A Texas man’s two-and-a-half-year-old drug case in Champaign County finally came to an end on February 9, 2011 in Judge Tom Difanis’ courtroom after State’s Attorney Dan Clifton suddenly dropped the case. The alternative was for Judge Difanis to rule on an 8-page Motion to Dismiss for lack of a speedy trial. Had the State not dropped the case and the judge not granted the Motion to Dismiss, then the trial would have commenced. Timothy Kendrick was arrested on Sept. 4, 2008 when coming from Houston, Texas to pick up his brother in Champaign to go see their mother in a Chicago hospital.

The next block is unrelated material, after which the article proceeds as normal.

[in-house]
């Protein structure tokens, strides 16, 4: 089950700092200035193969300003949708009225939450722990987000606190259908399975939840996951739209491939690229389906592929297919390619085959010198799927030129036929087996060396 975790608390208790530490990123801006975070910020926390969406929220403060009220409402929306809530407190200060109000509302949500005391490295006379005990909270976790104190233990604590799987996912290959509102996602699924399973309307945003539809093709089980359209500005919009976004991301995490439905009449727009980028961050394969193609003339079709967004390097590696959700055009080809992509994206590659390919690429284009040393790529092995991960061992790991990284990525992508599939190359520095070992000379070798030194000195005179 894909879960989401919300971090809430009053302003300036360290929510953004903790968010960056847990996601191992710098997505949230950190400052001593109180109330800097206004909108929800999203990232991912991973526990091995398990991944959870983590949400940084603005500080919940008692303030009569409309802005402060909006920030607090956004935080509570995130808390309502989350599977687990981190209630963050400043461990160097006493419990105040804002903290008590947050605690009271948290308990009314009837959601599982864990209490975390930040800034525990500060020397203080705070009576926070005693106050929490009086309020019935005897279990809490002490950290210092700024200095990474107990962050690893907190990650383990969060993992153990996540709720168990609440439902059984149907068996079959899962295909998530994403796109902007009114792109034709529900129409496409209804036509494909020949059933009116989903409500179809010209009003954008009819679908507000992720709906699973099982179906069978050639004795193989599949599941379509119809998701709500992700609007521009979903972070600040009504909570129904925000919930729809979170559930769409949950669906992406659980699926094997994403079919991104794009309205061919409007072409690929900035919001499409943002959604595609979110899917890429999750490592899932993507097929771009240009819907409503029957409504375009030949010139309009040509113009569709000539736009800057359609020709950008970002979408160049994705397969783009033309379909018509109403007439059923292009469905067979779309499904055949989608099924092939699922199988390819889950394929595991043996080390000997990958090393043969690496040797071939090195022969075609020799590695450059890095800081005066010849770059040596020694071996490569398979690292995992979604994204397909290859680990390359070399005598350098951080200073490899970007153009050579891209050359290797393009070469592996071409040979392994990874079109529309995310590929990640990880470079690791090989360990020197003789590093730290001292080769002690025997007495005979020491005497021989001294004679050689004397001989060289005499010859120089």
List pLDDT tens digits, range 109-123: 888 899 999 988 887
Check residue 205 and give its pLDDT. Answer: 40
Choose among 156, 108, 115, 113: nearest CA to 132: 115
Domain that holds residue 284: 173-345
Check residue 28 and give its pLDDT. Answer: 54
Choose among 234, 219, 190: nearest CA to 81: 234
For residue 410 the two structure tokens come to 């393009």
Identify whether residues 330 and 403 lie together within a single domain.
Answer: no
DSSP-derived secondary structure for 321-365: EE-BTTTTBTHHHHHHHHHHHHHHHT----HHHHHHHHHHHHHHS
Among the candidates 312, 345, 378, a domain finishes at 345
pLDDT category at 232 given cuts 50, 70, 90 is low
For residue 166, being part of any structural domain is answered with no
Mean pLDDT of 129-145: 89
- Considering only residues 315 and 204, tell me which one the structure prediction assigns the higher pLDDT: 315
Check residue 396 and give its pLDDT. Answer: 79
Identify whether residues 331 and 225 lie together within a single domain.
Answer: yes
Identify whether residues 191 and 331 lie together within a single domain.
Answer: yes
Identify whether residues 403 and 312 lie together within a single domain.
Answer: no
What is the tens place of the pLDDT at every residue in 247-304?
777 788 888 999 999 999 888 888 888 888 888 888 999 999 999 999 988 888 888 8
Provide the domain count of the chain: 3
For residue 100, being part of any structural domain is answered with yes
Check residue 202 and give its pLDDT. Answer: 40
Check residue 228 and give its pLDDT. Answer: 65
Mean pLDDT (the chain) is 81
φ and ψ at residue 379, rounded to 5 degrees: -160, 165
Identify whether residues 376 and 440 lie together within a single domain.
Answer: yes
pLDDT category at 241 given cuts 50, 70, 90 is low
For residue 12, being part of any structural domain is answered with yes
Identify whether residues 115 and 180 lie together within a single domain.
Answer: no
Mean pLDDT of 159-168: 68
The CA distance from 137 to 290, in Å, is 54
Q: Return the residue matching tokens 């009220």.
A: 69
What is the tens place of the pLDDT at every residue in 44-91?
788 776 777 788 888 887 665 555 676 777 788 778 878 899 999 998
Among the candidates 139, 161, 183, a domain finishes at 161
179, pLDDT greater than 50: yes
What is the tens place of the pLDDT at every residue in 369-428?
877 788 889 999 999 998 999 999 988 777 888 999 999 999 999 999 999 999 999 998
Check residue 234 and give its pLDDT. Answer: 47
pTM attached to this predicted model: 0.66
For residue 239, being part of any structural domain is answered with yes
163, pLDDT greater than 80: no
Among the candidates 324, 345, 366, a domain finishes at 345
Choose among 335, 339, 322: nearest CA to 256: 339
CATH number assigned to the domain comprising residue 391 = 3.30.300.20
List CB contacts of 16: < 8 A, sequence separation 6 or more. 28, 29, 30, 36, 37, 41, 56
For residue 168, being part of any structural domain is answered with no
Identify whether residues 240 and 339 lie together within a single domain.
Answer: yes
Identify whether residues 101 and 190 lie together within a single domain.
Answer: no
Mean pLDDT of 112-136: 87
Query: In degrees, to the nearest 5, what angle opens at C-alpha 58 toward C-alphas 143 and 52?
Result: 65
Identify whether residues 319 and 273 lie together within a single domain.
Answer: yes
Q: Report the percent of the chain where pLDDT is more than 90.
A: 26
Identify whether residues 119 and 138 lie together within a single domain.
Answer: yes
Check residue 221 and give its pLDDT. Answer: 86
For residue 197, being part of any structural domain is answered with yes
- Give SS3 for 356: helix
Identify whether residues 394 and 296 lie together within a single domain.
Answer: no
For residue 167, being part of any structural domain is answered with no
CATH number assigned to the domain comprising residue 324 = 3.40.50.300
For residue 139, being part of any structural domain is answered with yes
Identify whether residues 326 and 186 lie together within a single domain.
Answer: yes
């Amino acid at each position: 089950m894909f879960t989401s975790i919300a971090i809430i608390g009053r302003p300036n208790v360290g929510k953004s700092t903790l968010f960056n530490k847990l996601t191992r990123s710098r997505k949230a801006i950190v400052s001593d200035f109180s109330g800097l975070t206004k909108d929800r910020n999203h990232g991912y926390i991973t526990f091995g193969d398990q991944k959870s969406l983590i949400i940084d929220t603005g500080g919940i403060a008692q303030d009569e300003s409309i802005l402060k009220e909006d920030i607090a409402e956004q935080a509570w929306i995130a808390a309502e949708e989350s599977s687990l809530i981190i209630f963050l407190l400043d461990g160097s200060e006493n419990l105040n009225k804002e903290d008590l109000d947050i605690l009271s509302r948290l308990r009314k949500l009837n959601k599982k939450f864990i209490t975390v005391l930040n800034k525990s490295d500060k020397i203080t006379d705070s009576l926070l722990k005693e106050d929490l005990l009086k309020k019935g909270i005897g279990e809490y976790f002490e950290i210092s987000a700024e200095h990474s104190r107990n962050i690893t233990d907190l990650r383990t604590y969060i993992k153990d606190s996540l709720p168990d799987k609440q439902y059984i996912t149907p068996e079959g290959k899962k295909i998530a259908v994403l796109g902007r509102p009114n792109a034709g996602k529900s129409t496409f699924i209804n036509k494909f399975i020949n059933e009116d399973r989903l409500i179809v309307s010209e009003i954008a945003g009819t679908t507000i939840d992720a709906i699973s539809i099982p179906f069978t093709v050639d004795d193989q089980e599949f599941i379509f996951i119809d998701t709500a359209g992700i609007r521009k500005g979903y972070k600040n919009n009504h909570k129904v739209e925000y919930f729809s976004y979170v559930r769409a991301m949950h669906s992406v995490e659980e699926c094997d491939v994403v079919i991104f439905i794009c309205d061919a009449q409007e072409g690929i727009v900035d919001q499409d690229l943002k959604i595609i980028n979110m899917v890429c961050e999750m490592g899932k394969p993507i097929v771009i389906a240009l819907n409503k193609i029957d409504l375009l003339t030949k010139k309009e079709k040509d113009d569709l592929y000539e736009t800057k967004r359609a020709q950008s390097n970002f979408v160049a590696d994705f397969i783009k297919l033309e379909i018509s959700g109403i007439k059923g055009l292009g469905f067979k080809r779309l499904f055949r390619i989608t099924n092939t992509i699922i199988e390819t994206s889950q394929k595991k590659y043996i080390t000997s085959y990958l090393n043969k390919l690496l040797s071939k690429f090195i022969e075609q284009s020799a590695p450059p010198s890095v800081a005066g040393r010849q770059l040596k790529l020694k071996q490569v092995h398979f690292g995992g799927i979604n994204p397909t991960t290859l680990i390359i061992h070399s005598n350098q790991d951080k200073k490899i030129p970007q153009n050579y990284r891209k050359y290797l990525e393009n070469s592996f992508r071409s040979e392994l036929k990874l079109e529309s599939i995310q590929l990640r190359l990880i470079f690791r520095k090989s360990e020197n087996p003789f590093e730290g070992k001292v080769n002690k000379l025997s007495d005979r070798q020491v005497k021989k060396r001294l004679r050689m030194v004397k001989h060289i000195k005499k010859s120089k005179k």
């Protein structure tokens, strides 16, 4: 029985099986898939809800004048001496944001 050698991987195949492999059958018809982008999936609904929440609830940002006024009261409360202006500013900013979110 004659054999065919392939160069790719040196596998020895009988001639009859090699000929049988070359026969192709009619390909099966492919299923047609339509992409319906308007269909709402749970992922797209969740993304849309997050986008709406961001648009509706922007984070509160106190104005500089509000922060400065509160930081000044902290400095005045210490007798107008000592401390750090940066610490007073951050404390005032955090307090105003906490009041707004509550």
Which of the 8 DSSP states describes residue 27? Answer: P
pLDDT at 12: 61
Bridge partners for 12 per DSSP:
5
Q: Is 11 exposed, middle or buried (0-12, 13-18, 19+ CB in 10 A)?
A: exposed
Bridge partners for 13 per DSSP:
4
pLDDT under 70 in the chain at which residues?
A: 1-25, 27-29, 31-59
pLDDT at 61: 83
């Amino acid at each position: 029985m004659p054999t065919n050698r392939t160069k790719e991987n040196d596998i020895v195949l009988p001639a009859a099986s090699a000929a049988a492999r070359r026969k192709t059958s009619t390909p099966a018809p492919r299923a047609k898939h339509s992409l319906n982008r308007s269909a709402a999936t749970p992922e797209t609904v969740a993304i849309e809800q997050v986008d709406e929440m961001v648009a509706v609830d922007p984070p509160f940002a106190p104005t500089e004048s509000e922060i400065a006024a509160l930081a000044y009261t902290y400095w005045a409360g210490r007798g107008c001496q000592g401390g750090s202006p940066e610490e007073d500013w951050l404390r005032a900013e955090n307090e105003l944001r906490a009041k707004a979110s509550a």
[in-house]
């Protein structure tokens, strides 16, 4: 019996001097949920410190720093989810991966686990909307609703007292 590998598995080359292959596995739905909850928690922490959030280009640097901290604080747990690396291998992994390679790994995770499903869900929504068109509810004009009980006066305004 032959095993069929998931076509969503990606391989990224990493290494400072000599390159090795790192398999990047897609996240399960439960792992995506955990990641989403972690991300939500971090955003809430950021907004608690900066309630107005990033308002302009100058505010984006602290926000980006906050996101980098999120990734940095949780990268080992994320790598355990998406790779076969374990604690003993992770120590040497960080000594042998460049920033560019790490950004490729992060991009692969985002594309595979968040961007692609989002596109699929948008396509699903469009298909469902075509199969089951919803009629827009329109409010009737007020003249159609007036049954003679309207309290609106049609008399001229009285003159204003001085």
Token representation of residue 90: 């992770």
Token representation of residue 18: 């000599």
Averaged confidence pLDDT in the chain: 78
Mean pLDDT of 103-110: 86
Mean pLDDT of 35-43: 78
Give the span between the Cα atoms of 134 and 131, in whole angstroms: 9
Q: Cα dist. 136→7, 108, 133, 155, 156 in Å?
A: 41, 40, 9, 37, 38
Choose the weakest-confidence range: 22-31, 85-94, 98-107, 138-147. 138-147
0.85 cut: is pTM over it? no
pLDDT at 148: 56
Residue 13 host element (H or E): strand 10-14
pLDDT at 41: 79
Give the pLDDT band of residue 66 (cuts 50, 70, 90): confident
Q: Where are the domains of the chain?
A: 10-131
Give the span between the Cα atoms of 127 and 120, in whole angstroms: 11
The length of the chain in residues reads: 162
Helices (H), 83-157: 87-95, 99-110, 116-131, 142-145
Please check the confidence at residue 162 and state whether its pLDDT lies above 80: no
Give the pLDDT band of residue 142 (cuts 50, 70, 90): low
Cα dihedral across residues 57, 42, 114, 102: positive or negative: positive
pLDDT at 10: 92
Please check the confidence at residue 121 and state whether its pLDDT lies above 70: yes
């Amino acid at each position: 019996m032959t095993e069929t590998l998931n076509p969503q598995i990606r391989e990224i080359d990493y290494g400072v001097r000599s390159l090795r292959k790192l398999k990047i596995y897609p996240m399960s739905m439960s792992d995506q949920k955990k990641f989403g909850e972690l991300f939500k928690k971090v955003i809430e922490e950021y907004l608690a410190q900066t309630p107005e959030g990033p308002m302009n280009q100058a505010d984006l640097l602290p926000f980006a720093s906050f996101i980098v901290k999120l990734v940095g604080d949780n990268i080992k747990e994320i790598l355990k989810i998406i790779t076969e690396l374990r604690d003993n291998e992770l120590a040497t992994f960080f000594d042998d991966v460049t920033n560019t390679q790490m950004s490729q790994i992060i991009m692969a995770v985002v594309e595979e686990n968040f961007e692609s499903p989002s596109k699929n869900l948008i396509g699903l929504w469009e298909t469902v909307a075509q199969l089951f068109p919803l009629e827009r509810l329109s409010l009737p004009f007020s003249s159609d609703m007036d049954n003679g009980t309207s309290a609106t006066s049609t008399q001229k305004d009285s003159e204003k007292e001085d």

The apartment where Kendrick went to pick up his brother was raided within that half hour by the Drug Enforcement unit of the Champaign police with a search warrant. Kendrick claims that of the five adults who were either present on the scene or brought in from the parking lot, one of them was let go and Kendrick’s fingerprints were the only ones taken. He says his photo id was taken from his pocket while he was handcuffed and a crime scene photo was taken with his ID propped up in a kitchen cabinet, above a drawer where drugs were found. According to Kendrick, police made deals with others at the apartment, including the leaseholders, as well as someone arrested on a different warrant, the following day. Kendrick had no knowledge of the drugs found in the apartment and was not open to “working for the State.” Kendrick spent a lengthy 21 and one half months in the Champaign County jail on a $100,000 bond. He was originally charged with one count of Manufacturing and Delivery of 100<400 grams of cocaine. During the first nine months of his incarceration, he was not allowed to come to court, although the docket erroneously reported him as appearing with his lawyer three times. “This was a violation of my due process rights,” said Kendrick. The Speedy Trial Act requires an automatic 120 (court) days or 24 weeks from arrest to trial, excluding continuances for the defense. On June 22, 2010, Judge Clem remanded his case to the court of Judge Blockman who dismissed it for lack of a speedy trial. The State’s Attorney asked for the case to be dismissed “without prejudice,” which allowed them to bring new charges. Kendrick remained in jail and the following day (June 23) was arraigned on a new indictment of 3 counts: controlled substance trafficking, unlawful criminal drug conspiracy and unlawful possession with intent to deliver a controlled substance, but the dates were extended backwards for a year from Sept. 4, 2008 to September 4, 2007. The following day, June 24, 2010, Timothy Kendrick was still in jail when deputies came to him with orders for him to be released on his own recognizance. He was to return to Houston, Texas to report to his parole board. Kendrick was given a court-appointed attorney, Michael Zopf, in July of 2010. Kendrick had to travel to Champaign County from Houston seven times for court appearances. His lawyer filed a motion demanding a “Bill of Particulars” from the State to explain what he supposedly did in the year before he was arrested, i.e. the new charges. Judge Difanis gave the State a time limit of 40 court days to answer the demand and still they twice asked for a continuance. The second time, December 22, 2010, Judge Difanis sanctioned the State by barring all the informants’ testimony from appearing for the State. Thereupon, Zopf prepared a motion demanding dismissal on the grounds of lack of a speedy trial, linking the two cases, which both center on the day of arrest on September 4, 2008. That motion would have been heard on February 9, 2011, but the State dropped the charges before the decision could be ruled upon. Today, Kendrick is free, but it has been a difficult path. “It has been a long hard fight,” Kendrick said, “but I knew I was innocent and never gave up.”